Are there any meditation computer feedback programs out there? Like Biofeedback.

What could they do? Allow a teacher much insight into a student? Allow a meditator to know when wandering is happening, when subtle thinking is happening or to know when reality is seen directly or with concepts?

Would this be a helpful tool to be used all the time, only sometimes or never?-(Perhaps because it creates a duality, it creates aversion, it's unnessasary, it's not in the Pali Canon or anything).

3 Answers 3


Biofeedback programs just take data such as heart rate, blood pressure, etc... and display them on a screen so that the person can see them. The underlying theory is that if a person can directly see what's going on, they would be better able to adjust themselves to slow them down.

Because these devices cannot directly access the mental activity of the meditator, I don't see how they could be of much use. Certainly if one is developing some form of calm abiding it might be useful to an absolute beginner, but once they start making progress, even stopping to check the machine readout would be comparatively distracting and would erode one's concentration.


I've heard of some meditators who use tools like EEGs. Of late these models are becoming pretty cheap, USD 100-500, which was unthinkable even a few years ago. They can't be very accurate at this price but they are there, see for example Neurosky Brainwave.

At least in theory they can reveal whether thoughts stray frequently or stay in one spot, and we can train using the feedback to move brain waves to certain areas and stay there. I don't immediately see how this will add any more than novelty value to my meditation practice, since I already know the familiar zones my brain hits by observing the breath and other bodily signs. If I was more curious I'd probably read up on the possible patterns of breaths and their associated brain states, as far as I know the advanced Buddhist meditation literature is pretty encyclopaedic about such patterns.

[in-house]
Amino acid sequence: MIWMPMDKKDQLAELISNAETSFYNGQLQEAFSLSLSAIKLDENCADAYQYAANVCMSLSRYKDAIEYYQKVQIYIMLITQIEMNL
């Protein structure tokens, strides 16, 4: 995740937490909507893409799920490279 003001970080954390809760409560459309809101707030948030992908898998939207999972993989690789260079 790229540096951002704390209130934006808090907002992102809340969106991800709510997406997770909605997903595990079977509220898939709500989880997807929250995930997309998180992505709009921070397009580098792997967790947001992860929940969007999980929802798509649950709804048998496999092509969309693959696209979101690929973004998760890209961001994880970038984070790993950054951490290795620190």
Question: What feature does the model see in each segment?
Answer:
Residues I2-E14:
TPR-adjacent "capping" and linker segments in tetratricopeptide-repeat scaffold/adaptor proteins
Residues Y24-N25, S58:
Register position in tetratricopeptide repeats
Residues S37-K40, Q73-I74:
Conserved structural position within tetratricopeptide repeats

Of course, such tools might be very useful - having never tried one I can't be certain.

A lot of reviews I've read claim these don't work very well. They seem to be mostly marketed for kids with ADD, but the geeky meditator is an emerging sub-category.

If someone I knew had one around I'd try it since I am curious, but since I know it'll probably be a useless toy on the shelf after a few weeks, in the spirit of letting go, I've skipped buying one for myself.


There is a device called a muse. It is a personal EEG. I purchased it and have been using it for months. This device is now invaluable to my practice. You wear the device while meditating, and use a mobile app that listens to your brain and translates the level of activity into natural weather sounds. If your concentration is good and you are focused the weather is mild, if you are thinking or distracted the weather is more severe. You can calm it by bringing your attention back to your breath. This device does exactly what it claims to do. The more you use it the better it gets also,as there is machine learning that builds a profile specific to your pattern of neural activity. After two months the detection is so precise that the weather noise accurately detects nearly every thought that I have while meditating, it is incredible. If you have issues with a wandering mind, or getting lost in planning or lamenting while meditating, then this device could certainly be of good use to you. Here is a link to what I am referring.muse website

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